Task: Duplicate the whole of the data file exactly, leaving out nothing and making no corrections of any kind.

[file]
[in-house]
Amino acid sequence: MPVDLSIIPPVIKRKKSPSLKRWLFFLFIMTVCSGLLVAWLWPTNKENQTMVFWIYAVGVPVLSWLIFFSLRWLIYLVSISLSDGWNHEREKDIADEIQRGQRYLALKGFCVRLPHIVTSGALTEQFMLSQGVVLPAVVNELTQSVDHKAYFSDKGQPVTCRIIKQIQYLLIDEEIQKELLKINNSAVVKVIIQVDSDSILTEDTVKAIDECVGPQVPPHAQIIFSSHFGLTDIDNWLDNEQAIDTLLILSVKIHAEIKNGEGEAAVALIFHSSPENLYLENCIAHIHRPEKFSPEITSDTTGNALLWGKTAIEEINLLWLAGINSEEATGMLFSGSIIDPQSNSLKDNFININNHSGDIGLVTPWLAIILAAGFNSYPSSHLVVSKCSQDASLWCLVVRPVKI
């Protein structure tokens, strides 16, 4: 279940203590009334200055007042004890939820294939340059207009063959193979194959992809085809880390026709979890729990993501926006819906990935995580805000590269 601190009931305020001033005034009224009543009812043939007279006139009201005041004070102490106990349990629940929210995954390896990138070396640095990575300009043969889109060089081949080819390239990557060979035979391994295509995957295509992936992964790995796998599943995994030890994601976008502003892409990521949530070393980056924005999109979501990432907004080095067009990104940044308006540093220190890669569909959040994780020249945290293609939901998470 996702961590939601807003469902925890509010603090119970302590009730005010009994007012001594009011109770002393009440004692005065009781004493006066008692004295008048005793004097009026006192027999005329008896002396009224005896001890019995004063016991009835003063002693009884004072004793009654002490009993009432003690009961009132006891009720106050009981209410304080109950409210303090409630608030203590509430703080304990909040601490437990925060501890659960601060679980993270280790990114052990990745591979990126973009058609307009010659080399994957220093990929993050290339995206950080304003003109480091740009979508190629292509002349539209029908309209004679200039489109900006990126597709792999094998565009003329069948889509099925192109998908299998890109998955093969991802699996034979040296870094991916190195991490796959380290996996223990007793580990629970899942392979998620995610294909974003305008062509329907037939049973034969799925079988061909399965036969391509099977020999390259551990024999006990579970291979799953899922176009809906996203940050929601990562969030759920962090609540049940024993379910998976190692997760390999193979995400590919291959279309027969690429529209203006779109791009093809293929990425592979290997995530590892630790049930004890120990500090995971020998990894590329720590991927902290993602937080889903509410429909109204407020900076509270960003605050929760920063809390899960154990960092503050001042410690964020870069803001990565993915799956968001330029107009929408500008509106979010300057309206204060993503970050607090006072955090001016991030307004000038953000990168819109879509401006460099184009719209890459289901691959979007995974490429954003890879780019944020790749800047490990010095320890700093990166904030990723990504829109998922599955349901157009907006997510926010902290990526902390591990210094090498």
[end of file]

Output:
[in-house]
Amino acid sequence: MPVDLSIIPPVIKRKKSPSLKRWLFFLFIMTVCSGLLVAWLWPTNKENQTMVFWIYAVGVPVLSWLIFFSLRWLIYLVSISLSDGWNHEREKDIADEIQRGQRYLALKGFCVRLPHIVTSGALTEQFMLSQGVVLPAVVNELTQSVDHKAYFSDKGQPVTCRIIKQIQYLLIDEEIQKELLKINNSAVVKVIIQVDSDSILTEDTVKAIDECVGPQVPPHAQIIFSSHFGLTDIDNWLDNEQAIDTLLILSVKIHAEIKNGEGEAAVALIFHSSPENLYLENCIAHIHRPEKFSPEITSDTTGNALLWGKTAIEEINLLWLAGINSEEATGMLFSGSIIDPQSNSLKDNFININNHSGDIGLVTPWLAIILAAGFNSYPSSHLVVSKCSQDASLWCLVVRPVKI
């Protein structure tokens, strides 16, 4: 279940203590009334200055007042004890939820294939340059207009063959193979194959992809085809880390026709979890729990993501926006819906990935995580805000590269 601190009931305020001033005034009224009543009812043939007279006139009201005041004070102490106990349990629940929210995954390896990138070396640095990575300009043969889109060089081949080819390239990557060979035979391994295509995957295509992936992964790995796998599943995994030890994601976008502003892409990521949530070393980056924005999109979501990432907004080095067009990104940044308006540093220190890669569909959040994780020249945290293609939901998470 996702961590939601807003469902925890509010603090119970302590009730005010009994007012001594009011109770002393009440004692005065009781004493006066008692004295008048005793004097009026006192027999005329008896002396009224005896001890019995004063016991009835003063002693009884004072004793009654002490009993009432003690009961009132006891009720106050009981209410304080109950409210303090409630608030203590509430703080304990909040601490437990925060501890659960601060679980993270280790990114052990990745591979990126973009058609307009010659080399994957220093990929993050290339995206950080304003003109480091740009979508190629292509002349539209029908309209004679200039489109900006990126597709792999094998565009003329069948889509099925192109998908299998890109998955093969991802699996034979040296870094991916190195991490796959380290996996223990007793580990629970899942392979998620995610294909974003305008062509329907037939049973034969799925079988061909399965036969391509099977020999390259551990024999006990579970291979799953899922176009809906996203940050929601990562969030759920962090609540049940024993379910998976190692997760390999193979995400590919291959279309027969690429529209203006779109791009093809293929990425592979290997995530590892630790049930004890120990500090995971020998990894590329720590991927902290993602937080889903509410429909109204407020900076509270960003605050929760920063809390899960154990960092503050001042410690964020870069803001990565993915799956968001330029107009929408500008509106979010300057309206204060993503970050607090006072955090001016991030307004000038953000990168819109879509401006460099184009719209890459289901691959979007995974490429954003890879780019944020790749800047490990010095320890700093990166904030990723990504829109998922599955349901157009907006997510926010902290990526902390591990210094090498």